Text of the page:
This vignette covers `vets()`

function, which is a part of legion package. In this vignette we will use data from `Mcomp`

package, so it is advised to install it.

Let’s load the necessary packages:

`require(legion)`

We will use to time series from the M3 united in a vector:

```
<- ts(cbind(1000+0.5*c(1:100)+rnorm(100,0,10),
Y cbind(1000+1.5*c(1:100)+rnorm(100,0,10))),
frequency=12);
```

`vets()`

function implements Vector ETS from Svetunkov, Chen, and Boylan (2021). This is a model that introduces two dimensional taxonomy: the original ETS one from Hyndman et al. (2008) and the extended for the restrictions on Parameters, Initials and Components (PIC) of the model. By default the function makes smoothing and dampening parameters common between different products and forces a common seasonal initials, resulting in ETS-PIC(LTSD,S,N):

`<- vets(Y, "MMdM", h=18, holdout=TRUE, silent=FALSE) vetsModel `

The output tells us how much time the estimation took, what model was estimated, the loss function type used and its value, general information about sample size, number of parameters, number of variates and degrees of freedom and finally the information criteria for the model. Using the latter, it is possible to select the most appropriate ETS model and PIC restrictions. However, this process might take a lot of time, so there is also `auto.vets()`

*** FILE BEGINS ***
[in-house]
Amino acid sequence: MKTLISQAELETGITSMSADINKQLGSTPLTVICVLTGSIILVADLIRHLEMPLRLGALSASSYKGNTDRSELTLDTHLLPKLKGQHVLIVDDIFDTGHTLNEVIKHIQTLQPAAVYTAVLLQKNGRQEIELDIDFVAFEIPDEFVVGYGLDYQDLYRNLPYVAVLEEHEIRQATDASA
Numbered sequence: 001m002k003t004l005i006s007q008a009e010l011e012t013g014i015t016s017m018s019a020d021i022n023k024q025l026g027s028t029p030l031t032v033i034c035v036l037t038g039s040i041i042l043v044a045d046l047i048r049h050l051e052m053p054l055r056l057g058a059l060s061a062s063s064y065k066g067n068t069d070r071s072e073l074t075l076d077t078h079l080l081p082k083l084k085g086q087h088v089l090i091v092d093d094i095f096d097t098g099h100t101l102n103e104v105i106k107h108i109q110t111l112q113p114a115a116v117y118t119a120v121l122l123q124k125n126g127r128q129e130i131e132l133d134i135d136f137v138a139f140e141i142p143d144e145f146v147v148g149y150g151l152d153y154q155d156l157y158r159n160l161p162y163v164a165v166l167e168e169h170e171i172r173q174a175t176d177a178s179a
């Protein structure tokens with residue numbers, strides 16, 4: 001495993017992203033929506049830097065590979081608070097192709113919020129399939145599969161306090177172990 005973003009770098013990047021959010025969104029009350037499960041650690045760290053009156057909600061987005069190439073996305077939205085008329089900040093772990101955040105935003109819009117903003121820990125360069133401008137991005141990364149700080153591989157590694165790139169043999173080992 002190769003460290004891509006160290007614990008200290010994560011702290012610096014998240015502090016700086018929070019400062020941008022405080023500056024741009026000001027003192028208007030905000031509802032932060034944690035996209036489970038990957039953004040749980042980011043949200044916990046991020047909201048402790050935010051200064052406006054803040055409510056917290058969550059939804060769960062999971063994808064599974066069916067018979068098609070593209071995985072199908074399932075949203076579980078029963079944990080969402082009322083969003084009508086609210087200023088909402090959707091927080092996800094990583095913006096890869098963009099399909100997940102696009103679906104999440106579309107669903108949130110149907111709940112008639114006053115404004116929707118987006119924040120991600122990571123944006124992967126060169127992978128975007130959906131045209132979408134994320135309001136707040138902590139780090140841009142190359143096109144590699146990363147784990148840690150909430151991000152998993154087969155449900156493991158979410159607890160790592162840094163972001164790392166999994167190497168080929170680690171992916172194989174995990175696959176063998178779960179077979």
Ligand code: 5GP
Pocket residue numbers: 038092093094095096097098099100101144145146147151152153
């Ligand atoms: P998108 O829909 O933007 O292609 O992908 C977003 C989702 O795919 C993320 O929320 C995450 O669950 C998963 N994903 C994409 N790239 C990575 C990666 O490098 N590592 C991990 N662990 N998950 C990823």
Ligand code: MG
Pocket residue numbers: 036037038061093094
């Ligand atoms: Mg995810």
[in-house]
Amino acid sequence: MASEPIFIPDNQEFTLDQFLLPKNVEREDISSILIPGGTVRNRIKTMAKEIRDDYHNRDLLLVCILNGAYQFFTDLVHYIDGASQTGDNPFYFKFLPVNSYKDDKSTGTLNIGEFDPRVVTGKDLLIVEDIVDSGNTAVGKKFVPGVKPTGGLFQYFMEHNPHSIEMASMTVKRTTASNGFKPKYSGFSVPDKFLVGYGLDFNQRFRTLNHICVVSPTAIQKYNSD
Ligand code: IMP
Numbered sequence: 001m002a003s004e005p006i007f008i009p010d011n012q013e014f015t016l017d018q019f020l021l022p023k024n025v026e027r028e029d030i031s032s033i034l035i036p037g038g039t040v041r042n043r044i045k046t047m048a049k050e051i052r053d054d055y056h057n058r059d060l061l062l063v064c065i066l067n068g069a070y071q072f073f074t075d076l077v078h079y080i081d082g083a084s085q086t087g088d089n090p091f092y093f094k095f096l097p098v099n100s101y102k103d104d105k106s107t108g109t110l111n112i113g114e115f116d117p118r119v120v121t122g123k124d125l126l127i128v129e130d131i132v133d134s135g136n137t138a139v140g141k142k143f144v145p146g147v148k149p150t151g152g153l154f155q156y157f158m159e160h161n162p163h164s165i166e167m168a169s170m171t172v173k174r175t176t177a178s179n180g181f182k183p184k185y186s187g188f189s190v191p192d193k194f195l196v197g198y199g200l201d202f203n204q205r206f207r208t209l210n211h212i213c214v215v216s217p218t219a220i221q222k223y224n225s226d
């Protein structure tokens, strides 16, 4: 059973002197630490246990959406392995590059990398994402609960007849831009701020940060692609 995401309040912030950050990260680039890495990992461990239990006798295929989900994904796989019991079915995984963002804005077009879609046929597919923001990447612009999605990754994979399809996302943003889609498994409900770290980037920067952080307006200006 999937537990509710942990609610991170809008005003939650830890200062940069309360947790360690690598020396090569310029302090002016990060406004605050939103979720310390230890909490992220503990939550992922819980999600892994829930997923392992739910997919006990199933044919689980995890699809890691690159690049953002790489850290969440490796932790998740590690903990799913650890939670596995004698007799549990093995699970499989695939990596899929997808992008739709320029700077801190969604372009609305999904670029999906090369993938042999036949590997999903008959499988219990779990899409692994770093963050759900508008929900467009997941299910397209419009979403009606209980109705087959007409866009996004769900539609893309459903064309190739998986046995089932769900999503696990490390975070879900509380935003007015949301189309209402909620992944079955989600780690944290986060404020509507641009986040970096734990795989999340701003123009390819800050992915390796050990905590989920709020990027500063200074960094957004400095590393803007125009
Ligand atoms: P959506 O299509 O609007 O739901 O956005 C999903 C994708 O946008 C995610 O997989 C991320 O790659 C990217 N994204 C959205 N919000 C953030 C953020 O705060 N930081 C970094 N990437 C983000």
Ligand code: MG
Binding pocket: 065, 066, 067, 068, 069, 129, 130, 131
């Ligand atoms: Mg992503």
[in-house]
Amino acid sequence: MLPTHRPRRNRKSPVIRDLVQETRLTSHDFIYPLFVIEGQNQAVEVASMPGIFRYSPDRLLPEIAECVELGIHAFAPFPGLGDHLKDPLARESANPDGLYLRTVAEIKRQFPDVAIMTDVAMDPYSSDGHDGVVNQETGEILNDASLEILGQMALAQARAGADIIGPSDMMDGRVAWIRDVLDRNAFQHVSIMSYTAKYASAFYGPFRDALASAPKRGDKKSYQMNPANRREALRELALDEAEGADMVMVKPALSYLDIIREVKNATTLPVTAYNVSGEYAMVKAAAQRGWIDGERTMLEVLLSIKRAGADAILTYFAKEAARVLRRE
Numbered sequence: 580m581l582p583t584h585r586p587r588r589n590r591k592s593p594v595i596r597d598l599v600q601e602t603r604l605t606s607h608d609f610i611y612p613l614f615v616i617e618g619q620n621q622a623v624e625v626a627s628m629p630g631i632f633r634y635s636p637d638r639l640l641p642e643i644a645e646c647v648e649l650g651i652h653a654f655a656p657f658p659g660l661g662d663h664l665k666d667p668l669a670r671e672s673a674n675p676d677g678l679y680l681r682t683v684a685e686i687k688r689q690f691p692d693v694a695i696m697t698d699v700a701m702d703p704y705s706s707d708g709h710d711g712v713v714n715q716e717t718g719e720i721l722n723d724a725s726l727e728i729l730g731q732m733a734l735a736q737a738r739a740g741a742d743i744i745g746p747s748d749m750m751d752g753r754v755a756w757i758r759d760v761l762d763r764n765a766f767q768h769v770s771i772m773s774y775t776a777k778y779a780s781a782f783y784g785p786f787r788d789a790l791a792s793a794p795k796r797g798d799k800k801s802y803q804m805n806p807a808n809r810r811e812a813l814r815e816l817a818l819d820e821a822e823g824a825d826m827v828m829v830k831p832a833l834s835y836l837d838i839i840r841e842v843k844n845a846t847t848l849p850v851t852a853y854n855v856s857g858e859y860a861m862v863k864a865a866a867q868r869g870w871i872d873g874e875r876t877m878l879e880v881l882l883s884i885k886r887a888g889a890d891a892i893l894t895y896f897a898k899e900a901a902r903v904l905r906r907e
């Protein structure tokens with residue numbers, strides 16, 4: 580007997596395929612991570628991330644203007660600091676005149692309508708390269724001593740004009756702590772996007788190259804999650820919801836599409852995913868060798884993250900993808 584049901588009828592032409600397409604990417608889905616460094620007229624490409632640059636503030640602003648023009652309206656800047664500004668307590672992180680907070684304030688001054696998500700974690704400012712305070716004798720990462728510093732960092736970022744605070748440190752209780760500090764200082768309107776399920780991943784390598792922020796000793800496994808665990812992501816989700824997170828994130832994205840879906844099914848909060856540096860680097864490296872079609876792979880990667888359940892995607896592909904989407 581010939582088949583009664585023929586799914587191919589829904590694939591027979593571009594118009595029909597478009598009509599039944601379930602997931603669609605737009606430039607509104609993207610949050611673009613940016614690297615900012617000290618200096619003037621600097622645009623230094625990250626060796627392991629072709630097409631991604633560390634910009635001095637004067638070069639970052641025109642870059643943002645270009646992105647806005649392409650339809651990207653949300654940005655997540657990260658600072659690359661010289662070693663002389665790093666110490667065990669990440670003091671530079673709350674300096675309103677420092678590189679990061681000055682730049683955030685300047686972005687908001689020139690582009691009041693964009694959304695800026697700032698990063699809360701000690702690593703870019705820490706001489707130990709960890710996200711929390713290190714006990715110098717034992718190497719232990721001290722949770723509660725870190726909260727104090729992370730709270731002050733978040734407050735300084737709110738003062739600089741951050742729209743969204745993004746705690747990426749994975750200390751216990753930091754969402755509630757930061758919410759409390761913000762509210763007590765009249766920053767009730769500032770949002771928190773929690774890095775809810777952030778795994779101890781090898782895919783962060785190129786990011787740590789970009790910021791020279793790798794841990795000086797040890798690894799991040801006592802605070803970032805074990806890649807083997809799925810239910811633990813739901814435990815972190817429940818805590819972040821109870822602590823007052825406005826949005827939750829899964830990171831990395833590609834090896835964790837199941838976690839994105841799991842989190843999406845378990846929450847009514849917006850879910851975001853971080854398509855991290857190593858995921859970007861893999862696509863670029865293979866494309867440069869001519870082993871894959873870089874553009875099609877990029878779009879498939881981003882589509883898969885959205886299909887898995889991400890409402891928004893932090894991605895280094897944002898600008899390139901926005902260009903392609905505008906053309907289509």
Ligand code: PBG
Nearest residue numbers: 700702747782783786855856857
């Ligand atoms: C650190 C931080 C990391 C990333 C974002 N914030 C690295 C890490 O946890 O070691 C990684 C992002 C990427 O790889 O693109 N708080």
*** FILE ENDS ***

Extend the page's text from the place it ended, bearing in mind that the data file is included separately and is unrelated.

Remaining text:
function that does a stepwise selection of components and restrictions:

`<- auto.vets(Y, "PPP", h=18, holdout=TRUE, silent=FALSE) vetsModel `

```
## Selecting the best unrestricted model...
## Initial model is VETS(AAN), AICc is: 1250.623
## Testing initials restrictions... 33 %67 %100 %
## Initials restrictions model is (l), AICc is: 1244.706
## Testing parameters restrictions... 14 %29 %43 %57 %71 %86 %100 %
## Parameters restrictions model is (l,t), AICc is: 1239.4
## Testing components restrictions... 50 %100 %
## Components restrictions model is (none), AICc is: 1239.4
```

`model="PPP"`

tells function to select the best between pure additive and pure multiplicative models. This parameter also accepts `model="XXX"`

, selecting between pure additive and `model="YYY"`

, selecting between pure multiplicative models. Note that if you want to impose restrictions on the initials and components, then pure multiplicative models typically make more sense, aligning with the idea of percentage change of value, rather than the change in the units of data (as in additive models).

Some methods to consider when working with `vets()`

:

```
<- par(mfcol=c(2,1))
oldpar plot(vetsModel,1)
plot(vetsModel,7)
par(oldpar)
```

`modelType(vetsModel)`

`## [1] "AAN"`

`modelType(vetsModel,pic=TRUE)`

`## [1] "LT,L,N"`

```
actuals(vetsModel)
fitted(vetsModel)
residuals(vetsModel)
```

The forecasts can be produced using `forecast()`

method:

```
<- forecast(vetsModel, h=18, interval="prediction")
vetsForecast <- par(mfcol=c(2,1))
oldpar plot(vetsForecast)
par(oldpar)
```

The detailed explanation of the underlying model and possible restrictions are provided in Svetunkov, Chen, and Boylan (2021).

Hyndman, Rob J, Anne B Koehler, J Keith Ord, and Ralph D Snyder. 2008. *Forecasting with Exponential Smoothing*. Springer Berlin Heidelberg.

Svetunkov, Ivan., H. Chen, and John E. Boylan. 2021. “A New Taxonomy for Vector Exponential Smoothing and Its Application to Seasonal Time Series.” Department of Management Science, Lancaster University.